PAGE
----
Episode 37 – “Cetacean Station: Whale Episode 1” by Karan Mirpuri

Created for CSET 2100: Scientific Communication Tools and Techniques

Did you know that whale feces are an important part of the marine iron cycle? No? Neither did we until we listened to this incredibly well-researched episode about exactly that by Karan Mirpuri. This piece is a great example of how you can use audio to explain a scientific concept!

What was your process for structuring this episode? Did you plan out the entire episode first or did you just experiment with audio until you found something that you liked?

“I created this podcast for CSET 2100: Scientific Communication Tools and Techniques with Prof. Stephen Ornes (highly recommend)! While we did not have a specific structure we had to follow, he required that we conduct three interviews with individuals related to the topic we were pursuing. For this reason, I conducted my interviews first, looked through the audio for anecdotes and comments that I liked, and created a narrative structure around these segments that felt cohesive and was able to cover the content I felt would be the most informative and engaging.”

How much research did you do and how did you decide what information to include?

“So I actually learned about this topic first while attending the 2021 UN Climate Change Conference in Glasgow. I had the opportunity to spend a week in Glasgow through an honors seminar in the College Scholars Program about global responses to climate change through an interdisciplinary lens. During a lecture hosted by the WWF Chile, I became interested in the topic and brought it to my final project for CSET 2100. To further research the topic, I interviewed three specialists (two from the US and one from Germany) who were specifically interested in whale research.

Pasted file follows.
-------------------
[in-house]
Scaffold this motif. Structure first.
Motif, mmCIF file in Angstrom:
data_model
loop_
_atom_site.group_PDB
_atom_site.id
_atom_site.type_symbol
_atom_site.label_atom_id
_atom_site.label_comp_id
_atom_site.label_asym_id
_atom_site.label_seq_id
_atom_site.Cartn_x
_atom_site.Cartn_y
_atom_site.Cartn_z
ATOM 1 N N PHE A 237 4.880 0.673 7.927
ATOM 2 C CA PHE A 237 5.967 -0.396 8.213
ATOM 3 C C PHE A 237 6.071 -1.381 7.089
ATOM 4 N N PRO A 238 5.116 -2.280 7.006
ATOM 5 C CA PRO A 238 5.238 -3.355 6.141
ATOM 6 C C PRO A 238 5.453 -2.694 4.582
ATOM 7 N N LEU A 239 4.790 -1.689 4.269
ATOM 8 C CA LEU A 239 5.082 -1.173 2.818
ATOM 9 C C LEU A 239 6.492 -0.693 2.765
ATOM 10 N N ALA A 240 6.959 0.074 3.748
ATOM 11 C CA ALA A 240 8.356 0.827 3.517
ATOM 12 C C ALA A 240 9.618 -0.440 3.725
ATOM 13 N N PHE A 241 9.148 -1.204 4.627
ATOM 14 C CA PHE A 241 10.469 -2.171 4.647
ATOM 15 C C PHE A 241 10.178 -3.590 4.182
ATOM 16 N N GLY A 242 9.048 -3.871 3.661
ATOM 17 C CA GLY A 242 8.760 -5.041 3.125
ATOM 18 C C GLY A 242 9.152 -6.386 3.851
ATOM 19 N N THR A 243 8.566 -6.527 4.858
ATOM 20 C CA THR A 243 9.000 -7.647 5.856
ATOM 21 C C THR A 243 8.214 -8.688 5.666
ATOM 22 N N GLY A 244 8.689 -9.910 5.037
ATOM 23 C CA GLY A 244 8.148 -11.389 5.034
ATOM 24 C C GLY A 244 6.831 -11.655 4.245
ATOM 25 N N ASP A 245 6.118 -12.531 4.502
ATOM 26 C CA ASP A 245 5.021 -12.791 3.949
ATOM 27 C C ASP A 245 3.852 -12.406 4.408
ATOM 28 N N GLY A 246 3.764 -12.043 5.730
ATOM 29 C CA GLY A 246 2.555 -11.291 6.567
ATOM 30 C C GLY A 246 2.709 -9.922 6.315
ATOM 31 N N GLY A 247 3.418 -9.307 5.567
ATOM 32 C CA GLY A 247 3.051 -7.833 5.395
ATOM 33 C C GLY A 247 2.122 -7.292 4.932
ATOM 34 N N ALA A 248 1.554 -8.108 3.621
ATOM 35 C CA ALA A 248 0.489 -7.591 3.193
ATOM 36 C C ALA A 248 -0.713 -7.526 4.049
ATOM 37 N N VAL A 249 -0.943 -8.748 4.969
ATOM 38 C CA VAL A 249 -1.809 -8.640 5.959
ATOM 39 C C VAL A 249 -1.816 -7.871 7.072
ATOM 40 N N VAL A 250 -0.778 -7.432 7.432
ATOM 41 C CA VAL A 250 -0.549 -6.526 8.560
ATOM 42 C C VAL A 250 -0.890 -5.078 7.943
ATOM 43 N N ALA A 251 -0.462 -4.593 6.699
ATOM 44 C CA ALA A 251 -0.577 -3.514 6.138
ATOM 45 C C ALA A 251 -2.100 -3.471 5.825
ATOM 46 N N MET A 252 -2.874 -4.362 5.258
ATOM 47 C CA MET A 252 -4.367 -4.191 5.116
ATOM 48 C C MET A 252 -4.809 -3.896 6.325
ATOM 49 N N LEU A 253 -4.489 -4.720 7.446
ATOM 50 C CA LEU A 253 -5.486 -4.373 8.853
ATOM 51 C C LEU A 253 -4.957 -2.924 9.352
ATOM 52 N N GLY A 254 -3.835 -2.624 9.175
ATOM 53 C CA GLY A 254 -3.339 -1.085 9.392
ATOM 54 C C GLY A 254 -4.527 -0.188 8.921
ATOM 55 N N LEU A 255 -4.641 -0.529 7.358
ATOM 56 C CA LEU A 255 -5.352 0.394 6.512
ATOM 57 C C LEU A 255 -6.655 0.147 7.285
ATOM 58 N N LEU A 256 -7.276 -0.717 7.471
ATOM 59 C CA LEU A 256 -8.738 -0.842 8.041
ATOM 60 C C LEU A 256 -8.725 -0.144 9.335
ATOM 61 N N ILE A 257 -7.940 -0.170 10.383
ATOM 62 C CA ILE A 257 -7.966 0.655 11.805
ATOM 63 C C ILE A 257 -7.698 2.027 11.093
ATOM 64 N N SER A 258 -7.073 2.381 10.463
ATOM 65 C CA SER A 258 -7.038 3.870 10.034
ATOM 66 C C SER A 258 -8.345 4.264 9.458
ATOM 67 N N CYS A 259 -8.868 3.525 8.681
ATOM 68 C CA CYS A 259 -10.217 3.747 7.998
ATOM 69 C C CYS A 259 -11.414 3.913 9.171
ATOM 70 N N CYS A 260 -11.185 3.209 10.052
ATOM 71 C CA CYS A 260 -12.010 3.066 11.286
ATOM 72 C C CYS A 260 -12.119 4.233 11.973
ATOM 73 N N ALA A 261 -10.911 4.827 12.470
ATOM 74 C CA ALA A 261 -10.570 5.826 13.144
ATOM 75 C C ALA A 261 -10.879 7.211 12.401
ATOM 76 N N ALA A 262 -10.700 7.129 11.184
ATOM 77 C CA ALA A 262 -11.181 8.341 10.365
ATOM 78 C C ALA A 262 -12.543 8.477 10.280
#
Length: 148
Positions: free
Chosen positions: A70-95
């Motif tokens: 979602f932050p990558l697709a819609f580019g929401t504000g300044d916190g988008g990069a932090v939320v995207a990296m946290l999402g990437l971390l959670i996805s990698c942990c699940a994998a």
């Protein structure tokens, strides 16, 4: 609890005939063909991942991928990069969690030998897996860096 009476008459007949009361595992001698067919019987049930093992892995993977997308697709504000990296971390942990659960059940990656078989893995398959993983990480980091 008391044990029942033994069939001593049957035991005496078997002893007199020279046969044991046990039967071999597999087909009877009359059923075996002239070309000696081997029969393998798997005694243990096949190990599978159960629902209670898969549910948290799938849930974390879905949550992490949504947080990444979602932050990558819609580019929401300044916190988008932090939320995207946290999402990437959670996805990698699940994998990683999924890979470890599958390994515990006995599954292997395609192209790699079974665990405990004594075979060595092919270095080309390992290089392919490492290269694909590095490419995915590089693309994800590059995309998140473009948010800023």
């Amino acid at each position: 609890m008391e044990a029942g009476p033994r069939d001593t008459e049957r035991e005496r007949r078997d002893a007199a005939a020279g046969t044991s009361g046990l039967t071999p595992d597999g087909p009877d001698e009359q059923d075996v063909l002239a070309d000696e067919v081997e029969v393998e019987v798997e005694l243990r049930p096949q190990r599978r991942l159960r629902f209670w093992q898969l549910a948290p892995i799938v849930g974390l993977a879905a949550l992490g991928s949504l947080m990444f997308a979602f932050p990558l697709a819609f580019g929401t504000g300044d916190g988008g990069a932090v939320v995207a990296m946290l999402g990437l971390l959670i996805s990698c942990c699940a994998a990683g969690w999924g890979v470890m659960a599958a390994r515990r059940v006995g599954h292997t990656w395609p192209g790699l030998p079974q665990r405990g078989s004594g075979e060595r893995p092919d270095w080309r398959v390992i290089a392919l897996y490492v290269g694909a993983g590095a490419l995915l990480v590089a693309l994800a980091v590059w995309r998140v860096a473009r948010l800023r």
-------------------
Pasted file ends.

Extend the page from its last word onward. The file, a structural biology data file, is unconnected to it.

Beyond that, I read some research articles in the field and climate-oriented resources that were targeted towards the general public. In doing so, I tried to include specific stories and interesting findings from the researchers, while also including knowledge that I felt was important but missing from the more public-oriented resources. “

How long did it take for you to produce this episode?

“Each interview was about 20-30 minutes (sometimes a little longer), but it took me about a week to schedule interviews, review the articles, and then go into actually recording myself and editing the audio.”

What advice would you have for students that are interested in producing something similar?

“I would highly recommend going out of your comfort zone and tackling topics that you are genuinely interested in, even if you don’t know much about them already. I genuinely knew nothing about this topic until I started this topic and I think when you approach hosting a podcast from a place of learning, it makes your content more relatable and easier to engage with. 

Also if you want to interview people, be persistent and open-minded! Sometimes people will not respond or say no, and that’s okay, but you’d be surprised at how excited people get to talk about their passions as well, even if just to a curious undergrad.”